Monday, April 25, 2016

Are we allowed to reproduce trademarked characters and logos?



With the 2016 Olympics in Rio de Janeiro only a matter of a few months away, I am sure that we will see a fabulous range of balloon decor and designs to celebrate this awesome world sporting event. I am sure that in many cases it will be a replication of the Olympic rings. I recently did an image search on the internet using the keywords  Olympic, Rings, Balloons, and the page filled with many different interpretations of this iconic symbol made with balloons. 





So, my question is, are we legally allowed to reproduce trademarked characters and logos such as the Olympic rings?

The 2012 Olympics were held in London, U.K. There were several reported cases of small businesses getting into trouble by the Olympic committee. A florist was asked to remove "tissue paper" rings from her shop window. A butcher who had created a sign depicting the Olympic rings as sausage links was told that if he did not remove his sign that he would get into a lot of trouble. Even an elderly lady who had embroidered the Olympic rings onto a doll's outfit to sell for charity was informed that it would be against the law for her to sell it!


The reason why the Olympics goes after businesses so aggressively, no matter how small, is because they have a worldwide sponsorship program that costs the sponsors millions of dollars. By law, you are taking money out of the pockets of these companies, and when it comes to money, companies can get very serious.

It is not only the Olympic rings; all the Olympic logos are protected, along with official expressions and words, such as “Olympic” and “Olympiad.” Even the words “Rio 2016” are protected!

It is not just the Olympics we need to be aware of. There are other very famous symbols and characters that we can easily get into trouble for copying or reproducing.  The “Oscar,” for example.  The Academy, as the owner of the “Oscar” statuette and other trademarks and copyrights, is required to protect its properties against unauthorised uses and infringements.  Creating an “Oscar” statue out of balloons is a nonstarter.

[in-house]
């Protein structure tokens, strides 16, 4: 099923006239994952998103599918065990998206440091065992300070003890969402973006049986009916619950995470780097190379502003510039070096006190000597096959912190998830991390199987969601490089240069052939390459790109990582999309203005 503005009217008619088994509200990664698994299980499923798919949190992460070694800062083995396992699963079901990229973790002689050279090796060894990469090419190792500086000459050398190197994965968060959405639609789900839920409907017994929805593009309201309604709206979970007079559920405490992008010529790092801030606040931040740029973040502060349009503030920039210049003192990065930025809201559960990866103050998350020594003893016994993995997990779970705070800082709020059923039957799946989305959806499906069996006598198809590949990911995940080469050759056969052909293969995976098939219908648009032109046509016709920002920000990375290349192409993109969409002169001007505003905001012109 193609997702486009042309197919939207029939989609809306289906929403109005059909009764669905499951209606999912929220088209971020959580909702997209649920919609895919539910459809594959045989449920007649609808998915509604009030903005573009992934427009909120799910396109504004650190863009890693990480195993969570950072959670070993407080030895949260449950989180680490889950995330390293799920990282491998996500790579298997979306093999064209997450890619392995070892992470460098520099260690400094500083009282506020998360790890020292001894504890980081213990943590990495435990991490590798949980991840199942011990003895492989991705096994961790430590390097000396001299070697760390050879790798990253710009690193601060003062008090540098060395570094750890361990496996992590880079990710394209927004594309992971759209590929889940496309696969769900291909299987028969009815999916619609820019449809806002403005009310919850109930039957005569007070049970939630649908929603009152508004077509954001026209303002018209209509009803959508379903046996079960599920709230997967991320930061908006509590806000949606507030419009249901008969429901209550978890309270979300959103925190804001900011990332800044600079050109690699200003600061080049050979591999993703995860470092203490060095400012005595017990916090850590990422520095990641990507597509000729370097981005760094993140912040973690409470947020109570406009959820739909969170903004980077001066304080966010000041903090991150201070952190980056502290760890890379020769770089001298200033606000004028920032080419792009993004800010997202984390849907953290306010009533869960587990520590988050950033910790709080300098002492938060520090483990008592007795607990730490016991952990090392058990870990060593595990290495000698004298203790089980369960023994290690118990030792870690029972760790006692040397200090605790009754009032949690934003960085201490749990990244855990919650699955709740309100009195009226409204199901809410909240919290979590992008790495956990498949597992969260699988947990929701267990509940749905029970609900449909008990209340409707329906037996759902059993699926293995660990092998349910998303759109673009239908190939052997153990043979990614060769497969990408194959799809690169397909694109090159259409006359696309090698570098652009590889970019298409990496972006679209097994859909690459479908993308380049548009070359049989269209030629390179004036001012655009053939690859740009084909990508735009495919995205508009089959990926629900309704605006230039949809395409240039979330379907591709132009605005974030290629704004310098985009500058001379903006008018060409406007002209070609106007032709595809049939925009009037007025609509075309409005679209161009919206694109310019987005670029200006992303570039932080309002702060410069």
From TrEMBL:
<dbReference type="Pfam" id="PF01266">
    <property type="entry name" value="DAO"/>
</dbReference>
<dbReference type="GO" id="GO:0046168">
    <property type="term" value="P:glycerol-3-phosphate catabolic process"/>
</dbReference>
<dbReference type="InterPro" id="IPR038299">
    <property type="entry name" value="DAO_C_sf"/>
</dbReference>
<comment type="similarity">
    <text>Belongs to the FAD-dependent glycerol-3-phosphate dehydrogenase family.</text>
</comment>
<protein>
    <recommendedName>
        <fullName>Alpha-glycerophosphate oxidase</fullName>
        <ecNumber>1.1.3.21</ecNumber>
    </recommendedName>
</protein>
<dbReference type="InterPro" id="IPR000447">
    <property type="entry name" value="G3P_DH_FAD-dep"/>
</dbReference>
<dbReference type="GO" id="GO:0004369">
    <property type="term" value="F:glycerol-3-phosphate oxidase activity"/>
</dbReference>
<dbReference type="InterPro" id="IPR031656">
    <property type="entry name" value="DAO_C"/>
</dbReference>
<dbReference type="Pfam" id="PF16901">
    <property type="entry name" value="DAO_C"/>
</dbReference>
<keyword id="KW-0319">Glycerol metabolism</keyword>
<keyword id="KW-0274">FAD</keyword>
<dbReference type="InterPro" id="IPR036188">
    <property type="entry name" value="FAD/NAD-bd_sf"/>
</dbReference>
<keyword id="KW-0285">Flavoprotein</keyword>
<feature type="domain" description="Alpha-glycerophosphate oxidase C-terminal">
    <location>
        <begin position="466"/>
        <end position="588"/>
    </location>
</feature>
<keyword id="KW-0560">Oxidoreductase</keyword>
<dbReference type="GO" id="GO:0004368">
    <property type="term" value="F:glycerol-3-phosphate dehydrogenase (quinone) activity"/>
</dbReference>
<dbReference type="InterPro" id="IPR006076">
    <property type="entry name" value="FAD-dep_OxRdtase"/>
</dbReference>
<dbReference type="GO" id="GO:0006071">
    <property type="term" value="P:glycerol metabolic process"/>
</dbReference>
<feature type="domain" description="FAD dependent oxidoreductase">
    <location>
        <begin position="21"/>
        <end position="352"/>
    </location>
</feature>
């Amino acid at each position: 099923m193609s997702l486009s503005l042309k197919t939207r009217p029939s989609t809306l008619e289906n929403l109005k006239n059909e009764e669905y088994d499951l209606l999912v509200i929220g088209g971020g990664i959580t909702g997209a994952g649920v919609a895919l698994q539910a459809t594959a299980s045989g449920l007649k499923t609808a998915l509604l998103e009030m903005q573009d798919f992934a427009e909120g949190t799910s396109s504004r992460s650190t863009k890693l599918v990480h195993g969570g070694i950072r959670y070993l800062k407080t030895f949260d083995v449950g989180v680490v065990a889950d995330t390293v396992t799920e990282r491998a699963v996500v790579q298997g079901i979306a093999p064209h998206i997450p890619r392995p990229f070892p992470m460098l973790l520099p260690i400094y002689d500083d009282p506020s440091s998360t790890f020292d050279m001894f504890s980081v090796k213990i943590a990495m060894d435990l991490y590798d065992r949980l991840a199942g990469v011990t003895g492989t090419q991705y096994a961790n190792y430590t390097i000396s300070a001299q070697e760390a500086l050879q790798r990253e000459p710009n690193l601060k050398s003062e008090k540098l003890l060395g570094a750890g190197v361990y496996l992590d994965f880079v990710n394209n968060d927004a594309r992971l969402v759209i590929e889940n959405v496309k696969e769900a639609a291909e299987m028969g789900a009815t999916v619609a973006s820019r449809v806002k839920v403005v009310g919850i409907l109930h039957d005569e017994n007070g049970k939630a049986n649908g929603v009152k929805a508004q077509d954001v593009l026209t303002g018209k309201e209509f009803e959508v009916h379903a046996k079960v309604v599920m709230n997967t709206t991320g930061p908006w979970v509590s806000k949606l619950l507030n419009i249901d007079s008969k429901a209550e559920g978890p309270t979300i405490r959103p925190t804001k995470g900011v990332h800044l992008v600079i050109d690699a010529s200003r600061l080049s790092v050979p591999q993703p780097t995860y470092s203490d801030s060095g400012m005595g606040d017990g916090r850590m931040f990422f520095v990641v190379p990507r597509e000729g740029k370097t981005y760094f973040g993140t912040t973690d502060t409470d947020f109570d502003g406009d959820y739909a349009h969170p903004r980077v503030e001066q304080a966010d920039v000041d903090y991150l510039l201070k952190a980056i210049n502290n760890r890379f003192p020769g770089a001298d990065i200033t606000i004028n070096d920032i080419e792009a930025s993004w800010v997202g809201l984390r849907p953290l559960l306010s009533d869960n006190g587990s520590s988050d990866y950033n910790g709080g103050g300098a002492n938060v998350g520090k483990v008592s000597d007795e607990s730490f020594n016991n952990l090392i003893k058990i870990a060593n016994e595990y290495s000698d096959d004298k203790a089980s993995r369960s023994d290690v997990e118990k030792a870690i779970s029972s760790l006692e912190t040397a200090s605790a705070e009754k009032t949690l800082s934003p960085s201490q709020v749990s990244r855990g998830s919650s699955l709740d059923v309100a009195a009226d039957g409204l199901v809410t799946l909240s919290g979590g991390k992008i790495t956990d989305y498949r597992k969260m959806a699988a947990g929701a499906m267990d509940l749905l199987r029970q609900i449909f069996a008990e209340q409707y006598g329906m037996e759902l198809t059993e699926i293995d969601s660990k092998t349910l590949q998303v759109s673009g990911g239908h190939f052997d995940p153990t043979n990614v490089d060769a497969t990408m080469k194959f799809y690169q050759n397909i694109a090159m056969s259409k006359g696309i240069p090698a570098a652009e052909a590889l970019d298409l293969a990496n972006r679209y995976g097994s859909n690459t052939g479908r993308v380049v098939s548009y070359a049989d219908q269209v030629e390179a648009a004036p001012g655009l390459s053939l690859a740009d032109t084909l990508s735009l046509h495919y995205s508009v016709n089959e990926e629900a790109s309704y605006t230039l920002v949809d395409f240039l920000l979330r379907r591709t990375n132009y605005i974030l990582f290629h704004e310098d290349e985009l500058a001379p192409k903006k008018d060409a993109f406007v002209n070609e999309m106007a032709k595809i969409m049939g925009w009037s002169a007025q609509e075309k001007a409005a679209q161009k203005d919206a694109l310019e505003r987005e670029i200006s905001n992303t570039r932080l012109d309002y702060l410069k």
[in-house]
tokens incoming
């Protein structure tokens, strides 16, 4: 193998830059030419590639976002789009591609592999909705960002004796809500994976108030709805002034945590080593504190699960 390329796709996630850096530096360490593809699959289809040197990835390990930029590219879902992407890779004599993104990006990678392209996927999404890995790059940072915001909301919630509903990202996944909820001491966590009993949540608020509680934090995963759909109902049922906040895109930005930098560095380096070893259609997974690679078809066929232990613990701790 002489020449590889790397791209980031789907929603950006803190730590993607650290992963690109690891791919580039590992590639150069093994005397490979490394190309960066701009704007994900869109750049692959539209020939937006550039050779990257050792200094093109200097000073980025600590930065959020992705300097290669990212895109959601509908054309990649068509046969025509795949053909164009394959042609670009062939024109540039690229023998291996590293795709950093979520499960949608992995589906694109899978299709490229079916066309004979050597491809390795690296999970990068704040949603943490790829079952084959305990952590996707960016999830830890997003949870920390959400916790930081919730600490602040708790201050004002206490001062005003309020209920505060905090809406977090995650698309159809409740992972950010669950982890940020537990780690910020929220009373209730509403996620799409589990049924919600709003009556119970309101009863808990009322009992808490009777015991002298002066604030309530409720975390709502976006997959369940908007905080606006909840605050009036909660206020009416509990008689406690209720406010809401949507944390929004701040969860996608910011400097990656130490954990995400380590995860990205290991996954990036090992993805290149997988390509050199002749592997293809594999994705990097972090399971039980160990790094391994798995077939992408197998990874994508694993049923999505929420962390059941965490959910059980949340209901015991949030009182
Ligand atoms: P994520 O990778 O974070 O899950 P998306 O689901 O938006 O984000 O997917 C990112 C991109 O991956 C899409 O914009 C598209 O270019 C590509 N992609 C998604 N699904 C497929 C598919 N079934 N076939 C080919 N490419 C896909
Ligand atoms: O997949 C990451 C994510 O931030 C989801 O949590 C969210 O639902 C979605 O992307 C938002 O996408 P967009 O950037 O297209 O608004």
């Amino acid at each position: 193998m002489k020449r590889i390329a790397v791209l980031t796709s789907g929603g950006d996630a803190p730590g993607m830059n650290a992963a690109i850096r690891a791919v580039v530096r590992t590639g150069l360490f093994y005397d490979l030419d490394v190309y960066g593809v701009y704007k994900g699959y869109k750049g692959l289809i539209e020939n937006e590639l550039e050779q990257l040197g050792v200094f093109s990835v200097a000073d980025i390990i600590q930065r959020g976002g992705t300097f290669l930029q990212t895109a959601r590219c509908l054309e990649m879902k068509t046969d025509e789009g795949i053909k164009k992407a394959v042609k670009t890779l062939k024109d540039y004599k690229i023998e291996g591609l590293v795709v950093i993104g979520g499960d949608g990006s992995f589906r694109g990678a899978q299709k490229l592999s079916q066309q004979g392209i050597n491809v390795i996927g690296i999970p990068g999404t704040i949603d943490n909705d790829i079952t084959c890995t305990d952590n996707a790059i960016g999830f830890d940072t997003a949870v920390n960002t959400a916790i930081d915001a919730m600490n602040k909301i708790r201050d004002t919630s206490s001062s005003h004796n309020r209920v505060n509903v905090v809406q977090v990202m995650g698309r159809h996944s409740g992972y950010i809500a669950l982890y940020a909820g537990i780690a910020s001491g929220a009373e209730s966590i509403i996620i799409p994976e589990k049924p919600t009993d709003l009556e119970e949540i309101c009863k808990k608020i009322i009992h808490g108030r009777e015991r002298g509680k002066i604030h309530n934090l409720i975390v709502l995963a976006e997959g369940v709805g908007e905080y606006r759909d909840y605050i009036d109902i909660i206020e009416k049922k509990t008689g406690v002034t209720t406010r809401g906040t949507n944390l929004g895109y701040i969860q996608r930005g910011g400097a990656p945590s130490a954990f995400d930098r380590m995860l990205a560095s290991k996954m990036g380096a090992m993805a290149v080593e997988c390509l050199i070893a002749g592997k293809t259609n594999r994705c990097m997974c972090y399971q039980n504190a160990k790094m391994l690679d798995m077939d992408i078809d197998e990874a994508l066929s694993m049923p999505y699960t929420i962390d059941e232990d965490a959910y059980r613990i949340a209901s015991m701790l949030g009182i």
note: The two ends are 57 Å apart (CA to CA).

When it comes to designing decor for a party with a recognised theme such as an “Oscars” party that could possibly get you into trouble, simply find ways to change it. “Hollywood Nights” or “Movies Awards Night” would be good substitute names and there are so many exciting things that can be made to reflect this theme without having to recreate the iconic statue.

And finally, there is Disney and other film makers enticing us all with their fabulously popular characters! There is a great article on Balloon HQ called “Copyrights, trademarks, and balloon art,” written by Larry Moss. Larry goes into great detail about when and when not to recreate well-known characters. If you have any doubts about what you are making, then I suggest that you read this extremely informative article.

If you are hired by a brand, I would still ensure that you have written agreement or authorisation from them to re-create their logo or trademarked design.

Selling licensed and trademarked characters or logos without permission and a legal agreement with the owner is a big no-no. You can end up in big trouble, so you need to decide if it’s worth the risk.

If in doubt always check!

Happy ballooning!

Sue

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1 comment:

Christine Maentz, CBA said...

Years ago I had a small petting farm with milk goats. I bought the domain name "goatsgotmilk.com" within 10 days we were subpoenaed to take down the site & change the name. The document we received was about 10 pages long! I never thought there'd be a conflict but apparently the milk people were not happy with this. Of course GoDaddy would not refund us and they continue to offer domain names that are problematic. They just don't tell you!